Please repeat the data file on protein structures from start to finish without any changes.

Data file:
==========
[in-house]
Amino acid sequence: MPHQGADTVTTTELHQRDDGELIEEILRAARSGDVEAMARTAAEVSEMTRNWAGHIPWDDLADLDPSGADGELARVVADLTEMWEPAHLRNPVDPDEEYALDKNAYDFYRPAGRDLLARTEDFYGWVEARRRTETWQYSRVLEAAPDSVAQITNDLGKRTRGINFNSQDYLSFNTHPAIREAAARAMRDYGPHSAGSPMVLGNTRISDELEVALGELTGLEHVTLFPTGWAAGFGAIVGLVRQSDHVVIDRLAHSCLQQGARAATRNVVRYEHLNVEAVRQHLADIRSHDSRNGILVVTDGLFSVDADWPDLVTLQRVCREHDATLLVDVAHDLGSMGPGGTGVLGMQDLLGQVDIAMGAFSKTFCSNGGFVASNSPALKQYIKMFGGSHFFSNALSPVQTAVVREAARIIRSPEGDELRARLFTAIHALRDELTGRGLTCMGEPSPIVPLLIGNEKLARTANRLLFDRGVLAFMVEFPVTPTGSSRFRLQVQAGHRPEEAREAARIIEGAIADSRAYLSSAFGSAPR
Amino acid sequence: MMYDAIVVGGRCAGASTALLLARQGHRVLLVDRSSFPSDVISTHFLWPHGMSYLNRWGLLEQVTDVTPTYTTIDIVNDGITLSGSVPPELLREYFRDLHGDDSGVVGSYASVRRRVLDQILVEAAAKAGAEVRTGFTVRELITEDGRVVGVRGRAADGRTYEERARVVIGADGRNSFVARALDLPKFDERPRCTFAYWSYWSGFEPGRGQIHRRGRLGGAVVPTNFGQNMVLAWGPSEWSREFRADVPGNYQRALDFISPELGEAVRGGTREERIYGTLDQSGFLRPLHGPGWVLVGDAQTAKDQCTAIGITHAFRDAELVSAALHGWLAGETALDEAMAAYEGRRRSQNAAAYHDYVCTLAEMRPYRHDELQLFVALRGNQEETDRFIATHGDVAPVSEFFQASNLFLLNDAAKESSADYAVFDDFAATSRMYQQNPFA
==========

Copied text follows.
[in-house]
Amino acid sequence: MPHQGADTVTTTELHQRDDGELIEEILRAARSGDVEAMARTAAEVSEMTRNWAGHIPWDDLADLDPSGADGELARVVADLTEMWEPAHLRNPVDPDEEYALDKNAYDFYRPAGRDLLARTEDFYGWVEARRRTETWQYSRVLEAAPDSVAQITNDLGKRTRGINFNSQDYLSFNTHPAIREAAARAMRDYGPHSAGSPMVLGNTRISDELEVALGELTGLEHVTLFPTGWAAGFGAIVGLVRQSDHVVIDRLAHSCLQQGARAATRNVVRYEHLNVEAVRQHLADIRSHDSRNGILVVTDGLFSVDADWPDLVTLQRVCREHDATLLVDVAHDLGSMGPGGTGVLGMQDLLGQVDIAMGAFSKTFCSNGGFVASNSPALKQYIKMFGGSHFFSNALSPVQTAVVREAARIIRSPEGDELRARLFTAIHALRDELTGRGLTCMGEPSPIVPLLIGNEKLARTANRLLFDRGVLAFMVEFPVTPTGSSRFRLQVQAGHRPEEAREAARIIEGAIADSRAYLSSAFGSAPR
Amino acid sequence: MMYDAIVVGGRCAGASTALLLARQGHRVLLVDRSSFPSDVISTHFLWPHGMSYLNRWGLLEQVTDVTPTYTTIDIVNDGITLSGSVPPELLREYFRDLHGDDSGVVGSYASVRRRVLDQILVEAAAKAGAEVRTGFTVRELITEDGRVVGVRGRAADGRTYEERARVVIGADGRNSFVARALDLPKFDERPRCTFAYWSYWSGFEPGRGQIHRRGRLGGAVVPTNFGQNMVLAWGPSEWSREFRADVPGNYQRALDFISPELGEAVRGGTREERIYGTLDQSGFLRPLHGPGWVLVGDAQTAKDQCTAIGITHAFRDAELVSAALHGWLAGETALDEAMAAYEGRRRSQNAAAYHDYVCTLAEMRPYRHDELQLFVALRGNQEETDRFIATHGDVAPVSEFFQASNLFLLNDAAKESSADYAVFDDFAATSRMYQQNPFA